Do Ungava Bay beluga exist?

“It’s a food security issue, but it’s also an educational and cultural issue.”

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A school of beluga swim in the waters of Hudson Bay near Churchill, Manitoba in a 1999 file photo. There’s uncertainty over whether Ungava Bay beluga are a distinct sub-population or whales passing through the area from Hudson Bay. (Ansgar Walk / CC BY-SA 3.0 via Wikimedia Commons)

A major point of contention during the recent hearing on beluga management in Nunavik was whether or not a stock of Ungava Bay beluga even exists.

Its presence is the reason for a traditional beluga hunting area on Ungava Bay being closed off by the Department of Fisheries and Oceans. But hunters from Ungava Bay say the closure is without merit.

“You say you’re trying to protect the Ungava Bay beluga, but you can’t even tell me the Ungava Bay beluga exists,” said Billy Dan May, president of Tasiujaq’s Local Nunavimmi Umajulirijiit Katujiqatigininga, or LNUK.

“You tell me you can’t give me the data if you don’t have the samples, but we can’t get the samples if there is a total allowable take.”

From Jan. 21 to 23, hunters and community representatives from across Nunavik went before the Nunavik Marine Region Wildlife Board to weigh in on future management plans for the region’s beluga whales.

The current system is based around protecting the endangered eastern Hudson Bay Beluga, with hunting quotas — or total allowable takes — set to limit the catch of this whale. But other areas have been closed to beluga hunting entirely, mostly because of the eastern Hudson Bay whales.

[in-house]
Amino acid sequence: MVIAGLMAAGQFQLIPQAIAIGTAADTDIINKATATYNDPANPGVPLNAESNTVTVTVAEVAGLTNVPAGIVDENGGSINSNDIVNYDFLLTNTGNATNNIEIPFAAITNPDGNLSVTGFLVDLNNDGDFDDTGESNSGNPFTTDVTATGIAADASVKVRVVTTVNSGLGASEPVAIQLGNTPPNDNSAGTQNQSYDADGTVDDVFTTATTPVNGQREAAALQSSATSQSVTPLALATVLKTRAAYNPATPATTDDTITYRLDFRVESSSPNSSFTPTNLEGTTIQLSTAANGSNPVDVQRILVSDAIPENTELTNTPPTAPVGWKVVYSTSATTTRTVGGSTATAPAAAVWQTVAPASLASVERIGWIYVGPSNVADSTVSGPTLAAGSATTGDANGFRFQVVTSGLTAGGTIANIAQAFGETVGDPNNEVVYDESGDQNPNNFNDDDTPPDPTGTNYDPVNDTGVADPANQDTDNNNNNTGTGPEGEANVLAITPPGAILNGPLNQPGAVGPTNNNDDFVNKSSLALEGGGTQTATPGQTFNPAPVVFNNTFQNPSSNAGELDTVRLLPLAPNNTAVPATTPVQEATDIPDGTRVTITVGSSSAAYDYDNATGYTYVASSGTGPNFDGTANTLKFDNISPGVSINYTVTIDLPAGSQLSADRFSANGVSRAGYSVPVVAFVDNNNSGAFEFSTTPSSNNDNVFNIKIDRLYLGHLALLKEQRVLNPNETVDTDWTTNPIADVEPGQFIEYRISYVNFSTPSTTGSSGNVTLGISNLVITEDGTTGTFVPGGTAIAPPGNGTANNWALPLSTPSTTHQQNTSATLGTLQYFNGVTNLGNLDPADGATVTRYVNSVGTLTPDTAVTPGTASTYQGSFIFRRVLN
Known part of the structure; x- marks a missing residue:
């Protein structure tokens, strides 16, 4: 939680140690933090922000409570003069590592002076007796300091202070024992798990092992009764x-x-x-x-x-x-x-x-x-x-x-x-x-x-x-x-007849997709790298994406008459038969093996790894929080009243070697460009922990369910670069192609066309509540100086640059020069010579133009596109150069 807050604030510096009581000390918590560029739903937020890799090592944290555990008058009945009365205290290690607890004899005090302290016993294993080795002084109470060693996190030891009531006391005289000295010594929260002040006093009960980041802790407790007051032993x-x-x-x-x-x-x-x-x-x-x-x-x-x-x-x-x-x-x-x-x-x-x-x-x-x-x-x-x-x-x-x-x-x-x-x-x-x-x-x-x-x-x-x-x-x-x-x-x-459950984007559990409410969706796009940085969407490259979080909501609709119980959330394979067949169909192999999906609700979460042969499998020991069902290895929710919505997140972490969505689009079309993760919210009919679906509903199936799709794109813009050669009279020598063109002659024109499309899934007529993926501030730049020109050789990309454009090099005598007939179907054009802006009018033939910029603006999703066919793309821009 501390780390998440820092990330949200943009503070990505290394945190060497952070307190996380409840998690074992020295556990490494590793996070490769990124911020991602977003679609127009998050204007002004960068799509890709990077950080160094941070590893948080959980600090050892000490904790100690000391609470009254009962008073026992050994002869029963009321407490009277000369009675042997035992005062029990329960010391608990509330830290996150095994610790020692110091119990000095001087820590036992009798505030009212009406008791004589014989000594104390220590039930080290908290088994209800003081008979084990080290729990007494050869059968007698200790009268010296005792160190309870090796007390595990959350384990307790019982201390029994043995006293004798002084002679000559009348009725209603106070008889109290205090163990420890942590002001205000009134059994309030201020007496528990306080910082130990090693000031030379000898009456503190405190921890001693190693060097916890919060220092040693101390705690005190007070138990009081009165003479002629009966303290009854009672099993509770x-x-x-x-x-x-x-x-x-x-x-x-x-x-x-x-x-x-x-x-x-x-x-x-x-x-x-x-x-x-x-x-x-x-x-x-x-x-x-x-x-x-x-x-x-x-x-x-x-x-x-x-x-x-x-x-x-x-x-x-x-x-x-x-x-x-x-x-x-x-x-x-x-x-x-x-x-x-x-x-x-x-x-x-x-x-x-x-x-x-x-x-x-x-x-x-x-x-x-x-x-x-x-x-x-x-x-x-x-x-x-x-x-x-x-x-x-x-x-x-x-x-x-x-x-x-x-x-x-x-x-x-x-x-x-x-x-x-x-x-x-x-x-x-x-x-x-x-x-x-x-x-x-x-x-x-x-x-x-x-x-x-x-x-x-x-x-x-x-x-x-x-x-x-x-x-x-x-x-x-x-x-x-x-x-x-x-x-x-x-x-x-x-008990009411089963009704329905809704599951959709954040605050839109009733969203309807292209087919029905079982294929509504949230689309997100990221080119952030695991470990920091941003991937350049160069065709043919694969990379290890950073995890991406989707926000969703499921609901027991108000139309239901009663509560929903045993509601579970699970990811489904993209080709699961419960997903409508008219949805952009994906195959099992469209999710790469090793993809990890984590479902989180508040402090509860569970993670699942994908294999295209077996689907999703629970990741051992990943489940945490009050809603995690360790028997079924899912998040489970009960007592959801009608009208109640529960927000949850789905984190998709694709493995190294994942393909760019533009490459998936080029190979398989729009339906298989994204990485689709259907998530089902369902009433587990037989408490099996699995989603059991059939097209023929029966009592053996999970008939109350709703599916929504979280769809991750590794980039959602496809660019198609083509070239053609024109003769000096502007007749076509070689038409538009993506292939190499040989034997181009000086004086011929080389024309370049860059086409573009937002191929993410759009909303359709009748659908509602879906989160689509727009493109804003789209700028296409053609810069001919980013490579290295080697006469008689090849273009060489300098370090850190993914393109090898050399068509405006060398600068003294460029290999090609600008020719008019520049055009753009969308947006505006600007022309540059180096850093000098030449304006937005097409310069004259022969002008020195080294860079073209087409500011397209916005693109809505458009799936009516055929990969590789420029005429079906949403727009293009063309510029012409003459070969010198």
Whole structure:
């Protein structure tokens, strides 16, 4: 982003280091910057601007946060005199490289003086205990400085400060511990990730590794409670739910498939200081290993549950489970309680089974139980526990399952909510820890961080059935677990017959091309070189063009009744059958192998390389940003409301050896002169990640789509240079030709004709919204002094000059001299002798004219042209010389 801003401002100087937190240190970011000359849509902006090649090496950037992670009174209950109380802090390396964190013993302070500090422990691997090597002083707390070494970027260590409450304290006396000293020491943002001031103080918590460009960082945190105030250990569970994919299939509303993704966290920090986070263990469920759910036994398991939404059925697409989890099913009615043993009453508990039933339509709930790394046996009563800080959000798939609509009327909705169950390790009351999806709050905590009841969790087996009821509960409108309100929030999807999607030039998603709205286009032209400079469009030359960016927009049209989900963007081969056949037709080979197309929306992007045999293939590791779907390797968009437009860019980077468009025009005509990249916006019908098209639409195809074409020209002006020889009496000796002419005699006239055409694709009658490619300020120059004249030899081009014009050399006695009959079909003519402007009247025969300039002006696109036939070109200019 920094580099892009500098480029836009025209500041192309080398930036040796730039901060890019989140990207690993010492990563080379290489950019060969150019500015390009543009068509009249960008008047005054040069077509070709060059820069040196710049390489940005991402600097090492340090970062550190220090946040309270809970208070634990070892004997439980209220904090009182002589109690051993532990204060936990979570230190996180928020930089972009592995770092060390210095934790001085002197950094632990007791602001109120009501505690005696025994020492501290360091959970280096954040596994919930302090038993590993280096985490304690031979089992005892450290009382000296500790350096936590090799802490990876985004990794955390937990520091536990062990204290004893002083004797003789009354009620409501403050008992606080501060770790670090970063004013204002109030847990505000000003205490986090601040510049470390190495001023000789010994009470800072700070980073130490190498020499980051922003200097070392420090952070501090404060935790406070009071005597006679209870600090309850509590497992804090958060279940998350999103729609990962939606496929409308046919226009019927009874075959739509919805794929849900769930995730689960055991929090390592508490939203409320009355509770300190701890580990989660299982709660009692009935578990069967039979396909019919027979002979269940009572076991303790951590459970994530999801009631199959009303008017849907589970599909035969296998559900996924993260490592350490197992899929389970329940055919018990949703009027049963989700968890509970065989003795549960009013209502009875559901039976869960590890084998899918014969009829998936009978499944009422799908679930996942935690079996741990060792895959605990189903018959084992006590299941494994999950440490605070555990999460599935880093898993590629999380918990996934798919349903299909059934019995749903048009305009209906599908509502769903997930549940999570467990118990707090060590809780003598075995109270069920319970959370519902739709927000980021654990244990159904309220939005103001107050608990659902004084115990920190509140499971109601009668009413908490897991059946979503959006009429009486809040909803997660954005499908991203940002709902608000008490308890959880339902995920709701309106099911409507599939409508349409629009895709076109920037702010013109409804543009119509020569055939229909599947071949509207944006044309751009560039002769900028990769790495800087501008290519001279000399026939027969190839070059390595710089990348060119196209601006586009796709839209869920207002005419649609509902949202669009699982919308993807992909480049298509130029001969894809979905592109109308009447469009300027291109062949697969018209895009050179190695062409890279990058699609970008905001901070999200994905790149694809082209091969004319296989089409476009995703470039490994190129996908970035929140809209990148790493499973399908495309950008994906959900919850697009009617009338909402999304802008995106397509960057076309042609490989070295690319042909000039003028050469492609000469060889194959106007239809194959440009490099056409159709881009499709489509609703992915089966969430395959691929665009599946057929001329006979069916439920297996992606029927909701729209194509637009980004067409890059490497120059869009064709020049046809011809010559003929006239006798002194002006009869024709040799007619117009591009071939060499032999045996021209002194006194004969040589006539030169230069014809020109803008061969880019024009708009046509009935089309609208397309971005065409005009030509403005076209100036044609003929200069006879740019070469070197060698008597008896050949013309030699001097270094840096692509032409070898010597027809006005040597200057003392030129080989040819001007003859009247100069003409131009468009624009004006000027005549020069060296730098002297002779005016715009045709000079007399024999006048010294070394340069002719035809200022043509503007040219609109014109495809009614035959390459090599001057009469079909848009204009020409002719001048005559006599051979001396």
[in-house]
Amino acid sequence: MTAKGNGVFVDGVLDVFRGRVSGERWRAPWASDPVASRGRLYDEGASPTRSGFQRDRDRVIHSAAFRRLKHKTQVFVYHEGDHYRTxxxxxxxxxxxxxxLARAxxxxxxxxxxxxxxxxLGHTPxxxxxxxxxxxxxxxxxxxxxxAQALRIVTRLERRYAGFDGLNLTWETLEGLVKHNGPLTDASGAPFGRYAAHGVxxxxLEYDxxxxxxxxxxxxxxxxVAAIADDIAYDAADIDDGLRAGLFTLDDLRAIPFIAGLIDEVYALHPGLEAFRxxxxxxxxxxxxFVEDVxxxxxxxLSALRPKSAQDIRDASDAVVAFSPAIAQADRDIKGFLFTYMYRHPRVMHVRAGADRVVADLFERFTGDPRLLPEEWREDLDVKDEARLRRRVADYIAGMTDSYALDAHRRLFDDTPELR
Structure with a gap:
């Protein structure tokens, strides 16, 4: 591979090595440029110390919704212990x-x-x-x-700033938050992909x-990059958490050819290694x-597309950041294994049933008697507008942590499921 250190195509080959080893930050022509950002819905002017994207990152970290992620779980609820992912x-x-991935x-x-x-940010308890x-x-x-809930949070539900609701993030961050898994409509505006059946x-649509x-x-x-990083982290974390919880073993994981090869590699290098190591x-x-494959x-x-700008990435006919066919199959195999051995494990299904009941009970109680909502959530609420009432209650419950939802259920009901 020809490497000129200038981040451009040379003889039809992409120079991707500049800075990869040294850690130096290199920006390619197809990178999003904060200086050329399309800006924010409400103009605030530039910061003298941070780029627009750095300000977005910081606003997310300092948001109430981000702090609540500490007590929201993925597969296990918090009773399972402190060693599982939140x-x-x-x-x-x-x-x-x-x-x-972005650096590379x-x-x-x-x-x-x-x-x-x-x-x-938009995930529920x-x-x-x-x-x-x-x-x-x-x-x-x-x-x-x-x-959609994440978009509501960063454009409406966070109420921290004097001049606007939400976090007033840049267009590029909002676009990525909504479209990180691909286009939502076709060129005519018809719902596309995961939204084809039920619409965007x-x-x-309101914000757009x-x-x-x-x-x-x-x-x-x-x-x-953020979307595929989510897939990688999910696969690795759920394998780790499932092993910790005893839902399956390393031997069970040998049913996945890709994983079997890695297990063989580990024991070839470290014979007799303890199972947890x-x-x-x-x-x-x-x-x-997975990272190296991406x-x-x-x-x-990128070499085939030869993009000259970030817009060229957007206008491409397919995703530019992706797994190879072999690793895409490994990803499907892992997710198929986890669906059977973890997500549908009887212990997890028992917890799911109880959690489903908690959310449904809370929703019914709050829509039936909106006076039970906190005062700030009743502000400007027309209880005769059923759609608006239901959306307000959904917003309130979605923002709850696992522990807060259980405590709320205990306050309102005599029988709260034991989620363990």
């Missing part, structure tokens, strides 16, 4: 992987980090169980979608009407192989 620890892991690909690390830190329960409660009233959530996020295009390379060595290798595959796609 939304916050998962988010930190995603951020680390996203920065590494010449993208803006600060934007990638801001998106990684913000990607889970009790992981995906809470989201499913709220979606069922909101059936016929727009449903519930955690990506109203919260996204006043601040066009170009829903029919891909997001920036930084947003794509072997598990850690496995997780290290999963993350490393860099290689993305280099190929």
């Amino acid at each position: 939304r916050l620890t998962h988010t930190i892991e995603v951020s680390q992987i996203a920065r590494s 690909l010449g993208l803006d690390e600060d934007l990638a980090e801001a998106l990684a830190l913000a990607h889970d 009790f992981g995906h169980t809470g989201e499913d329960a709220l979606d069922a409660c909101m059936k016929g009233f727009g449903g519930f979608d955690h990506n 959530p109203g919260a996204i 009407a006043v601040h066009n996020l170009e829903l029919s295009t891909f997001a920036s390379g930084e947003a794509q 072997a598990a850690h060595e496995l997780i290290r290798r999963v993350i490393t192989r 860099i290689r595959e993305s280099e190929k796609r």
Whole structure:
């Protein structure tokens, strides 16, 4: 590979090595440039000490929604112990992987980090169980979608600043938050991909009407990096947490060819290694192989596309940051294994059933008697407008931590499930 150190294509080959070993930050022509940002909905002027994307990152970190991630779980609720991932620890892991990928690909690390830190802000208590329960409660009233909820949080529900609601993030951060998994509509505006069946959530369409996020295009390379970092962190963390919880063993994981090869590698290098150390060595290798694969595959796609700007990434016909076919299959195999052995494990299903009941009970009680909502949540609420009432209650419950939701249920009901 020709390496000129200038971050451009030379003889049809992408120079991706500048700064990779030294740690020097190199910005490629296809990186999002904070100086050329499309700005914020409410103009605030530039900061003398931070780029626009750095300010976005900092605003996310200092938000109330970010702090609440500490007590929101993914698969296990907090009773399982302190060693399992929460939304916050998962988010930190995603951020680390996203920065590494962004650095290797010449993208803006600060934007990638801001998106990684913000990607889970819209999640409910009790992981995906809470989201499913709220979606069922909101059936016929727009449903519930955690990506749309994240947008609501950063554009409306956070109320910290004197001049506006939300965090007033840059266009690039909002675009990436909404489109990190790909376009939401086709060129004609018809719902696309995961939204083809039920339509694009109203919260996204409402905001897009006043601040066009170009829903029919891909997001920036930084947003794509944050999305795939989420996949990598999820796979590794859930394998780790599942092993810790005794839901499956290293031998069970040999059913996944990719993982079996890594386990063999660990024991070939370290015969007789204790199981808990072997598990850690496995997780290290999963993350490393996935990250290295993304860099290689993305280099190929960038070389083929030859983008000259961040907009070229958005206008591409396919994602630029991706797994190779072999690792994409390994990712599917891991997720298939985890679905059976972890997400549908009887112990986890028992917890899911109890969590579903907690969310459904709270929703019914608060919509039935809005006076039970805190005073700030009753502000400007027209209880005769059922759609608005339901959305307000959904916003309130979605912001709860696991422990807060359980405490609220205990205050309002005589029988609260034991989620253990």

The Mucalic Estuary, though, is closed because the DFO argues a small herd of Ungava Bay beluga use this as their core area.

No Ungava Bay beluga have been counted in aerial surveys here, but hunters have reported that belugas still visit the Mucalic area in the summer, “suggesting that the stock continues to persist albeit at very low levels,” according to the DFO’s written submission to the hearing.

“The population must be very small, if we did not detect any whales as we flew along the transect,” said Mike Hammill, section head of marine mammals for the Laurentian region with the DFO, on Jan. 21.

It’s estimated there are fewer than 100 beluga in this population, he said. Looking at historical data, even with no hunting of the stock, Hammill said the best-case scenario is that there are 300 Ungava beluga.

A sampling project began in summer 2019 to try to identify the stock, but it could take some time to build up enough samples to properly profile the stock.

“This data will allow [us] to assert or deny the existence of a specific beluga population living in the Ungava Bay and will serve as support for the management decisions,” said DFO’s statement.

In the meantime, they have recommended keeping the Mucalic area closed to harvesting under the next management plan.

But this is not the way hunters and community representatives around the table saw it.